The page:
Special arrangements to do summer research becoming awkward?

moxymed

Busy crying 'n dying 'n my studiez
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Mar 18, 2016
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Alright well this may be the dumbest thing I've posted here, but I'm an OMS-1 wanting to do summer research (and maybe a research block 3rd or 4th year). I assisted in some research in undergrad as well as worked in several labs after undergrad (not doing much research there). I have no publications and was just a tech monkey. I did get to partake in discussion and give my input about the study in undergrad.

Because reasons, I can't be present for the 90% attendance required to do the formal summer research program at my school.

In a meeting with the research head, he suggested I contact professors with projects I liked, explained the situation and asked if there was some way to still participate.

I had one bite on a project in my specialty I'm hoping for!

We arranged a meeting, but here are my Qs:

1. Is asking for a CV 24 hours before out meeting indicative he will be critical of me? Is that normal? I had to sell myself a little over email (yay COVID times).

2. If he's proposing I do data analysis and not collection, will I have anything to show for my research? I wouldn't be on the abstract then, would I? Students go on to present, but I'm guessing that's off the table.

3. Do I have any, uh ... leveraging ability here? I am doing this strictly to bump my residency app. Not to be another lab monkey.

Please help!
 

ThrowawayShmoaway

2+ Year Member
Jan 2, 2019
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1. Is asking for a CV 24 hours before out meeting indicative he will be critical of me? Is that normal? I had to sell myself a little over email (yay COVID times).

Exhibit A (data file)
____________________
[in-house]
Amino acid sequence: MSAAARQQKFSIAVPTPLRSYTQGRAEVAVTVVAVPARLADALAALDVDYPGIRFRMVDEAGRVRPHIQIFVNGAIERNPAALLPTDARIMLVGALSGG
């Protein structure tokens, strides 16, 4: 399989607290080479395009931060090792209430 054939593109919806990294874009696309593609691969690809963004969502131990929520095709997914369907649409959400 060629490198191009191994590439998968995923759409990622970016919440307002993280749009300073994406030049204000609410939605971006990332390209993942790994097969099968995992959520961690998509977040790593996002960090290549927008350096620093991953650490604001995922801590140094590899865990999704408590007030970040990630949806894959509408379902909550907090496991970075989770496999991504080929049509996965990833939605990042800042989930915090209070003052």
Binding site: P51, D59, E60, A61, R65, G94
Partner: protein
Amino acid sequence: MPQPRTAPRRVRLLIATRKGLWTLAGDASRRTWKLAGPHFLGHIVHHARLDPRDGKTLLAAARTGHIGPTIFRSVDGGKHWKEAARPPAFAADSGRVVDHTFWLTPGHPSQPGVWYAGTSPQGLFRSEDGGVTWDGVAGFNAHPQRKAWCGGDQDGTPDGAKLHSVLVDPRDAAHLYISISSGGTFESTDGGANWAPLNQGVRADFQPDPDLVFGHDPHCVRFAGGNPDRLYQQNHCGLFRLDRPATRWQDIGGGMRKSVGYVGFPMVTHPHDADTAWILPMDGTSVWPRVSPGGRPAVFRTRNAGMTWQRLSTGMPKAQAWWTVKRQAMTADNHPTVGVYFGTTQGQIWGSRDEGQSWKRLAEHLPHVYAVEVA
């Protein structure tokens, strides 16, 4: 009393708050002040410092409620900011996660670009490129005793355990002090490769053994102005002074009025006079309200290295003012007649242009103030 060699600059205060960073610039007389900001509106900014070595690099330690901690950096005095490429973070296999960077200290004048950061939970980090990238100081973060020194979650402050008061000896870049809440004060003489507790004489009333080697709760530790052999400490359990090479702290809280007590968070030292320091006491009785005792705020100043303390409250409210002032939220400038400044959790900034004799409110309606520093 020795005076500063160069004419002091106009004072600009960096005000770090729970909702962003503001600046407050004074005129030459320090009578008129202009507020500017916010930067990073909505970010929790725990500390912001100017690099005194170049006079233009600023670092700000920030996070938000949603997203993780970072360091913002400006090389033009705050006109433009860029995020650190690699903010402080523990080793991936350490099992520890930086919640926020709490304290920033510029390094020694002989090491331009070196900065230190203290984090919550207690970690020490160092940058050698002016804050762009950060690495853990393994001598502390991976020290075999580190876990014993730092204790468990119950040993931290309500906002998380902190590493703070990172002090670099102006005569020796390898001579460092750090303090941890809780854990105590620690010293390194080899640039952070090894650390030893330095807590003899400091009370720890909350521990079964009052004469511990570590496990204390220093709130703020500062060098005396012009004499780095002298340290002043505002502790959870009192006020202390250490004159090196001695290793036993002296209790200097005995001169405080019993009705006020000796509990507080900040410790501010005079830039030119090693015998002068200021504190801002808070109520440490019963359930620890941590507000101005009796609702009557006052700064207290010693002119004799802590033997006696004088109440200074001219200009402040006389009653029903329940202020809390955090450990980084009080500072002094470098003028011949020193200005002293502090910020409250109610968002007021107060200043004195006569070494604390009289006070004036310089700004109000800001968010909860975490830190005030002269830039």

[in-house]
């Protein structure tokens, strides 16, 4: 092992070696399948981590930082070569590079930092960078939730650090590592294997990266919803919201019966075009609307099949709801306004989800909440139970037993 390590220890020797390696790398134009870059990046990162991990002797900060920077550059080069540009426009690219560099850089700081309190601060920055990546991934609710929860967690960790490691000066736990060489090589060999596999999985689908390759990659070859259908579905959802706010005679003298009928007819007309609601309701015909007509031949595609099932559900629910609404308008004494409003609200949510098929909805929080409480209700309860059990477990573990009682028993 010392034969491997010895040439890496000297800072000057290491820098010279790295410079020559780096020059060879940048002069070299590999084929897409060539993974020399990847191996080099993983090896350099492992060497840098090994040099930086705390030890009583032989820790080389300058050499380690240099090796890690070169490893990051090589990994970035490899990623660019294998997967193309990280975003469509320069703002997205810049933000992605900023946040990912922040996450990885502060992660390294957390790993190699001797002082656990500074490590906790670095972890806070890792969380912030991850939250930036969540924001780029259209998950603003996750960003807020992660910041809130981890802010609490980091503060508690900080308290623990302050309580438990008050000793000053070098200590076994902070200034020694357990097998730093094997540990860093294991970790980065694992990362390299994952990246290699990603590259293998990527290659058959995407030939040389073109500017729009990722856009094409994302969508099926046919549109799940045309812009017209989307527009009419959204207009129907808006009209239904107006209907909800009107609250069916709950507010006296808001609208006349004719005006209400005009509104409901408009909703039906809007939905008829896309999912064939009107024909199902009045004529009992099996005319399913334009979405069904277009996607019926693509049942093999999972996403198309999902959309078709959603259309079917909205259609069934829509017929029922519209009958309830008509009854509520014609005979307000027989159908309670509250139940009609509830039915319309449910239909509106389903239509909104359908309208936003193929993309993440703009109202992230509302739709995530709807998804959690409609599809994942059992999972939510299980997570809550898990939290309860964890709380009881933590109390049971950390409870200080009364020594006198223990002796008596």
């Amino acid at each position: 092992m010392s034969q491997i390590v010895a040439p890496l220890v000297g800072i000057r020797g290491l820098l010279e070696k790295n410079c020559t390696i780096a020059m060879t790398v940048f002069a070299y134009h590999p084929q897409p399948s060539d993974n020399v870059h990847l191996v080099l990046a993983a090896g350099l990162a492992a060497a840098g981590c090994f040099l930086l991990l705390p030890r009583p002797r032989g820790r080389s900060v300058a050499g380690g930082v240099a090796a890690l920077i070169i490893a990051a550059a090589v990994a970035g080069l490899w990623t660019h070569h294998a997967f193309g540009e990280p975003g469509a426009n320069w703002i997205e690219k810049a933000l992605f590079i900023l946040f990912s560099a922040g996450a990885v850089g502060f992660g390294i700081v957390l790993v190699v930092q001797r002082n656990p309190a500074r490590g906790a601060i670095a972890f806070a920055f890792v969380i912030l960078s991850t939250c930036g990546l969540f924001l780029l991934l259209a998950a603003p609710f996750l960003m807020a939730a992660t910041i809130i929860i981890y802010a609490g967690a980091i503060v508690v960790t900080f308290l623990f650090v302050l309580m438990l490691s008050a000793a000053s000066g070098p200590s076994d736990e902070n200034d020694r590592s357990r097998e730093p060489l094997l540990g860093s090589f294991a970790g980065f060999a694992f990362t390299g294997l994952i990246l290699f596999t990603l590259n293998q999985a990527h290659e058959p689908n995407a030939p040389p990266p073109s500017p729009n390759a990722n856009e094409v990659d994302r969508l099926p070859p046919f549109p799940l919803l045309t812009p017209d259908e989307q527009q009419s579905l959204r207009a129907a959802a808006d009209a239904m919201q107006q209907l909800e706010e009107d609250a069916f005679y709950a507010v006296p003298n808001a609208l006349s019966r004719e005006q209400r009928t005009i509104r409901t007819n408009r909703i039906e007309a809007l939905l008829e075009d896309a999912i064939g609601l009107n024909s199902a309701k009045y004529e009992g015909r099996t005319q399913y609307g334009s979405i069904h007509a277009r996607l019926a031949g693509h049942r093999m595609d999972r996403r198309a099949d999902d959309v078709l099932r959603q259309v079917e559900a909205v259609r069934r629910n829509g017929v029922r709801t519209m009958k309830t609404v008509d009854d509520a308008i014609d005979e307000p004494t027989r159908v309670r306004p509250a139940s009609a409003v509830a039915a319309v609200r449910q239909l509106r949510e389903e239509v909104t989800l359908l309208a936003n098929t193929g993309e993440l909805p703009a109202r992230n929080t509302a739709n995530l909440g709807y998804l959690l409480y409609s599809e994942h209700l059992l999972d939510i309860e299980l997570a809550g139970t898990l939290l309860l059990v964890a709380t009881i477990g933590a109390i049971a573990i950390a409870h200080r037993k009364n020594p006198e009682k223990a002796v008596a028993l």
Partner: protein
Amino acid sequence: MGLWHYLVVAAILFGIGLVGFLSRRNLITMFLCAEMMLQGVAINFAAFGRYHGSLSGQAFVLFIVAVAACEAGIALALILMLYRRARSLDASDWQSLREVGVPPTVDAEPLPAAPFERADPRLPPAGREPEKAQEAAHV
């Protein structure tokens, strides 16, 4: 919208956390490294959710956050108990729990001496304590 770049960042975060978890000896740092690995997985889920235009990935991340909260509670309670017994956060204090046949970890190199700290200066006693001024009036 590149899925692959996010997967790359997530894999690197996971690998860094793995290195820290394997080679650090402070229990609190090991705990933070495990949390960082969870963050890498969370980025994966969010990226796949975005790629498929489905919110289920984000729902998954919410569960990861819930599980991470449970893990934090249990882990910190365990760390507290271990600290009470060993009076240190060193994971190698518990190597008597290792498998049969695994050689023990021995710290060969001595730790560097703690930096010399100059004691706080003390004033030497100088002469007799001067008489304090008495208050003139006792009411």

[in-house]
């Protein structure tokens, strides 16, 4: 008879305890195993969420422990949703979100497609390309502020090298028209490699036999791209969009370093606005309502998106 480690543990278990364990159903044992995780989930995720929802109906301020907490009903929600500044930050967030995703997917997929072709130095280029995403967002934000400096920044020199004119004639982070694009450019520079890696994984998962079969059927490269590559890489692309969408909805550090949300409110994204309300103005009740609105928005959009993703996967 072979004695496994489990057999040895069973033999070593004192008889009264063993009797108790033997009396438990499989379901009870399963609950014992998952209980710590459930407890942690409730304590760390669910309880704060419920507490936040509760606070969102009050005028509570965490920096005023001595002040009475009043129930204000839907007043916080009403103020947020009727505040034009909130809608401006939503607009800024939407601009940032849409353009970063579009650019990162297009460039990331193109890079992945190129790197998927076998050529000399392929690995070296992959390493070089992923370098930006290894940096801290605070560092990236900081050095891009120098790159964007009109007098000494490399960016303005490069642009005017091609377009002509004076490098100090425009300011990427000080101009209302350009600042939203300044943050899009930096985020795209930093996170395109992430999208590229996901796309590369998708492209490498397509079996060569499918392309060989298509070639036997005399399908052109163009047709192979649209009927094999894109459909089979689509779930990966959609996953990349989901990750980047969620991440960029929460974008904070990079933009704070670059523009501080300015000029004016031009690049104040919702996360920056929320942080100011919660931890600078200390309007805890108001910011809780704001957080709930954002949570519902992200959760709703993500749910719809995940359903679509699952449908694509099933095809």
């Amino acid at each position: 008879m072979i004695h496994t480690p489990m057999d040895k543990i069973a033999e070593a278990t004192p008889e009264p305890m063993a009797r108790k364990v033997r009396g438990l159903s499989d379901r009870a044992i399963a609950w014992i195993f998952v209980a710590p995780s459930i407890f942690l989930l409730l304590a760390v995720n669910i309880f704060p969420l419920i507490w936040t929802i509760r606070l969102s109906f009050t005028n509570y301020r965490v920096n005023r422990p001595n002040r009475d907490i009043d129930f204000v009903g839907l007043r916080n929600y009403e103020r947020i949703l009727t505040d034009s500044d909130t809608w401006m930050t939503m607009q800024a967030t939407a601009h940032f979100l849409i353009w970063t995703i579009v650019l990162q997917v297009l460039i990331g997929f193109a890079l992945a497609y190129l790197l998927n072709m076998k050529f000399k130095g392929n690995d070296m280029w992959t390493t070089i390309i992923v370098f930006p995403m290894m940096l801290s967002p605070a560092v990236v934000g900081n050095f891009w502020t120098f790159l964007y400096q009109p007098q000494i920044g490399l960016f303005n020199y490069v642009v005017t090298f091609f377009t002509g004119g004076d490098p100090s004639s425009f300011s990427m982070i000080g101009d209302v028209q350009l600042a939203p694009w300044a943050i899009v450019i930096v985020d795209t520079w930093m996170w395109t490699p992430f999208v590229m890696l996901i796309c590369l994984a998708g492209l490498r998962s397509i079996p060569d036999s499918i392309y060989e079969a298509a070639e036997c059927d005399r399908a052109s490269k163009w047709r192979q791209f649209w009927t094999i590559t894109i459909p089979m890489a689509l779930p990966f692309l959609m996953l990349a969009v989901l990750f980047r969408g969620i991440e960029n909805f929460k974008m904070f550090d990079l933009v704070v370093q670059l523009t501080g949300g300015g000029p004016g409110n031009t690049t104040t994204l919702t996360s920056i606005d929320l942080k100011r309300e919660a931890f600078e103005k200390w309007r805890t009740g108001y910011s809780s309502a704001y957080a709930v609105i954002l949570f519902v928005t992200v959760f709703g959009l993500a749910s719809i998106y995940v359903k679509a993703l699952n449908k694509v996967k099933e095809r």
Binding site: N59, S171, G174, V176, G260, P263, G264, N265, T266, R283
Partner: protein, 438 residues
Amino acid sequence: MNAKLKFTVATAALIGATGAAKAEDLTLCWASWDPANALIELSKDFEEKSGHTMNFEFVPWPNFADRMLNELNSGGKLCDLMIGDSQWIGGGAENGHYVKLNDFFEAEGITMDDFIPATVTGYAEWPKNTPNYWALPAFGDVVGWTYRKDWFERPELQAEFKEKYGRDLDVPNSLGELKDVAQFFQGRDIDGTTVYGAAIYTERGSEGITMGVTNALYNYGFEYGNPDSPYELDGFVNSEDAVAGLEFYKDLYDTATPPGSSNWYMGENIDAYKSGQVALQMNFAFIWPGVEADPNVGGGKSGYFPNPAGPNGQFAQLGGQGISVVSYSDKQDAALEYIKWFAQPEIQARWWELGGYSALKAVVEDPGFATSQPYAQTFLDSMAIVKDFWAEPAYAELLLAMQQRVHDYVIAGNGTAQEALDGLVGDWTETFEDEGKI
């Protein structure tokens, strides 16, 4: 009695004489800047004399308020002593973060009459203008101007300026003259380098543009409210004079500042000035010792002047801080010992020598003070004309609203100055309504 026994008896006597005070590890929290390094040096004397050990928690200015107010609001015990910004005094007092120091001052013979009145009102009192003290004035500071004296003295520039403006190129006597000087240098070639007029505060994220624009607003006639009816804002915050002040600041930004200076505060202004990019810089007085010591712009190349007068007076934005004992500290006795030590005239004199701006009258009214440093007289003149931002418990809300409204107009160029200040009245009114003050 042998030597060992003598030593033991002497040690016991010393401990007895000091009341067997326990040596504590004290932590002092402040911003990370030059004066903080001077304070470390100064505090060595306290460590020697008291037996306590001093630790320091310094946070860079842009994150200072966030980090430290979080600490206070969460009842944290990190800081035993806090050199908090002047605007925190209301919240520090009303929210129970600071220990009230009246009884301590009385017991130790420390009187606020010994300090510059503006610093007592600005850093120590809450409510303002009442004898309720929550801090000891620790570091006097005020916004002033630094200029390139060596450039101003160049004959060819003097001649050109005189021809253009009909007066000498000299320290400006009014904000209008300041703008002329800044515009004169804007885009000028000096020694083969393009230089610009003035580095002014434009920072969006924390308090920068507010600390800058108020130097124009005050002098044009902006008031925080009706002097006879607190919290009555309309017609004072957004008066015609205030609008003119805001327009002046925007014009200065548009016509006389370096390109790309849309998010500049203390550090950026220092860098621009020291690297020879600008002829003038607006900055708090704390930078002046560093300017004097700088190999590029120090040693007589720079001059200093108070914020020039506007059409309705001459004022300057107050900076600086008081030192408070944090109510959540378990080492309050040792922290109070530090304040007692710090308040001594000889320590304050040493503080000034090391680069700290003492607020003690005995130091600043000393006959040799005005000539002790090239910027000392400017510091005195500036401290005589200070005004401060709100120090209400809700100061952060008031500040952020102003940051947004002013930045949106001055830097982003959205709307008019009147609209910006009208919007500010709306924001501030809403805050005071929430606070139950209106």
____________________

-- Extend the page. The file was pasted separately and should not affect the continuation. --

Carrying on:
2. If he's proposing I do data analysis and not collection, will I have anything to show for my research? I wouldn't be on the abstract then, would I? Students go on to present, but I'm guessing that's off the table.

3. Do I have any, uh ... leveraging ability here? I am doing this strictly to bump my residency app. Not to be another lab monkey.
I don't think asking for a CV means he'll be critical--he probably just wants a quick look at your background/experiences/interests. It's totally normal to ask for one, and you should maybe consider preemptively attaching your CV in the future when reaching out to mentors/PIs-- it's what I (and I think other students) do, and it's not really considered presumptuous or annoying because they can always just not open the attachment if they don't care, but it's there if they are someone who likes looking at them first.

As for your second question, I think that's something you should broach with him if you feel comfortable. Ask him what his expectations are or what tasks/efforts he considers authorship-worthy. If he's a good mentor and/or has experience working with medical students, then he may be used to that question or may even bring it up himself, as the good ones usually understand that students want/need something to show for their work at the end. Often, which tasks earn a spot on abstracts and pubs comes down to PIs' preferences. Obviously effort needs to be put in, but some PIs have different opinions about when they'll include students. For example, I've been listed as an author before for only doing the stats/data analysis for a study and none of the data collection.

And in terms of having any "leverage", probably not, unless this PI usually has trouble finding committed students or you bring some specific skill to the table that he doesn't have access to. Like in my authorship example above, the reason I was listed after only doing data analysis was because I was able to run the stats on the weekend on super short notice, 24 hours before the manuscript submission deadline. I wouldn't describe that as "leverage" per se, but in that case I obviously was the only person available to my PI at that time who could offer that skill on a very short timeline. But I definitely didn't try to negotiate/leverage doing the stats in exchange for getting authorship, I did them because I like my PI and wanted to help-- the authorship was his decision. I don't think it's a good idea to try to "leverage" anything as a student. IMO, take what you can get.